As a P.S. to the entry titled “Of Mulattos and Mariners,” two posts back, it should be noted that the expression “natural” son or “reputed natural” son (or daughter) is generally assumed to refer to an illegitimacy. The term “natural,” in a literal sense, means that the son or daughter is not adopted. The implication in old genealogical records, however, tends to be that the son of daughter is illegitimate.
We’ve discussed Catharine Annesley, daughter of James Annesley and his wife Catharine Darnley. Catharine Darnley was the “natural” daughter of King James II. Her daughter Catharine Annesley married William Phipps in 1718.
In the 1753 will of James Phipps on St. Kitts, he referred to one “reputed natural son,” Charles, who was “begotten of Mary Pickett.” Since Charles is not referred to as mulatto, and since the woman’s name is given, with her surname, we can assume that Mary Pickett was white or was considered white.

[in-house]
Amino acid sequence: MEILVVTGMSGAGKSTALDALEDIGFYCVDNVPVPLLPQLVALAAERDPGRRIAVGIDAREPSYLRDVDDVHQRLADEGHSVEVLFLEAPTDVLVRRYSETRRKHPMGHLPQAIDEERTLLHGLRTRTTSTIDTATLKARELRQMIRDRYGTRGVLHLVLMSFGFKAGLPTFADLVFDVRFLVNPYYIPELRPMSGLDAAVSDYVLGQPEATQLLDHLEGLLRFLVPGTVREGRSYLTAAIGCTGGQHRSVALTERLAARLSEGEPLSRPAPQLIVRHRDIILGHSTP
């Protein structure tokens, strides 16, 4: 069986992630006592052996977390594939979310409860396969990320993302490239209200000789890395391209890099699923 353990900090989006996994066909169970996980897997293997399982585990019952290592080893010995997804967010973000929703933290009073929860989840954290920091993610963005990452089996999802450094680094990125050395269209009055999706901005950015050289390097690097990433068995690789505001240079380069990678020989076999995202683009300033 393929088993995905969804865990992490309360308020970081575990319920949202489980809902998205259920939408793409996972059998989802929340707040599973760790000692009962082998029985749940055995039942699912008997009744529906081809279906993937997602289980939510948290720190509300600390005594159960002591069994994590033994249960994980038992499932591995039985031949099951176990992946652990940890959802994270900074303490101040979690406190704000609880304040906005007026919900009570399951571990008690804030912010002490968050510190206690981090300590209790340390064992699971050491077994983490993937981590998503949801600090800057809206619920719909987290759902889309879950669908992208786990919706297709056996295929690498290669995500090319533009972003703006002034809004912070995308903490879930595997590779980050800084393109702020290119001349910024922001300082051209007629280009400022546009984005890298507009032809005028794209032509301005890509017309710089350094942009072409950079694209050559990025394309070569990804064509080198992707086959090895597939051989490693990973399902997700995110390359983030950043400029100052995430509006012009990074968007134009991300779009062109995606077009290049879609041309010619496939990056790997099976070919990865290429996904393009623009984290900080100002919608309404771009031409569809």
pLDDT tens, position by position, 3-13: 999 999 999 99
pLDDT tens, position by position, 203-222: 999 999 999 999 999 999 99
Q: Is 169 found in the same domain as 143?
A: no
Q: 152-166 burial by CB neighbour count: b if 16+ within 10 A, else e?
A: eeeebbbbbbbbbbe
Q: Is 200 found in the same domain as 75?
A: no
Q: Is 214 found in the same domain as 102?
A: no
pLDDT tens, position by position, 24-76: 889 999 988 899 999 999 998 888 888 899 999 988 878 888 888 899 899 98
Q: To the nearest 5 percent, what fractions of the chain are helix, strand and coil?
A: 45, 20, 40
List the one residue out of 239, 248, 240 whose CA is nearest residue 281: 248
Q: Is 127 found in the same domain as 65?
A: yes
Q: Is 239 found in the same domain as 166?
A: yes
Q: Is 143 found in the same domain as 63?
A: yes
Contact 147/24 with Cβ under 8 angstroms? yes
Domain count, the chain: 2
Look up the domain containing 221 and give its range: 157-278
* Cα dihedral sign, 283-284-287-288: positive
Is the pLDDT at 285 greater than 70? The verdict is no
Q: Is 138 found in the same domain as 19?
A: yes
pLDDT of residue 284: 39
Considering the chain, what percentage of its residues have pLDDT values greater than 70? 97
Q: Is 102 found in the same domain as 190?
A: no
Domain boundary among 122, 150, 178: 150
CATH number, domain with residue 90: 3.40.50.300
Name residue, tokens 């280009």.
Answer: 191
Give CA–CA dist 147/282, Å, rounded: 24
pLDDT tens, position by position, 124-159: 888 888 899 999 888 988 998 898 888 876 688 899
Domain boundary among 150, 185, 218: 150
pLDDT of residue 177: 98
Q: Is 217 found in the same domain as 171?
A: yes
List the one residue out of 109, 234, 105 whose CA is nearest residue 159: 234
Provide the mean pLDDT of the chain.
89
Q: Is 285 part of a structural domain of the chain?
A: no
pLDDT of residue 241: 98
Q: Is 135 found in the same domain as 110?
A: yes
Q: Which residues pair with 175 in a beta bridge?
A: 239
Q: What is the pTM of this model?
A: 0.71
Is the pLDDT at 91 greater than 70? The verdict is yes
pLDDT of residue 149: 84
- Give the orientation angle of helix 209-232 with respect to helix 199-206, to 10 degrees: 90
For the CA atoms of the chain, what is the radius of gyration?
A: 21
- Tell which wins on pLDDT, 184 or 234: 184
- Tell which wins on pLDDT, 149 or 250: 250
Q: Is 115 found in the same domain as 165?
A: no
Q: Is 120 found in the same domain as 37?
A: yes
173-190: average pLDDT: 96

The other children, however, are all described as mulatto and as “reputed natural” sons. Their mother is named as Parthenia, with no surname, which indicates that she was black. This is further made clear by the statement by James that he was setting her free.
It would be interesting to know what became of the 3 mulatto sons, James, Thomas, and William. Did they marry white women or black women? Did their children remain in mulatto status, during an era when mulattos were subjected to slavery, or did descendants eventually reinvent themselves as white, as discussed in the previous post?
- Constantine Phipps, King James II, and Virginia (this blog)
- Does “Natural Son Mean Illegitimate? (British-Genealogy.com)
- Illegitimacy (The Free Dictionary)
- Illegitimate Children and Missing Fathers (Genealogy.com)
- Legal Meaning of “Reputed” (RootsChat)
- Legitimacy (Family Law) (Wikipedia)
- Natural Son (Wiktionary)
- The Natural Son (The Legal Genealogist)
- What is Natural Son? (The Law Dictionary)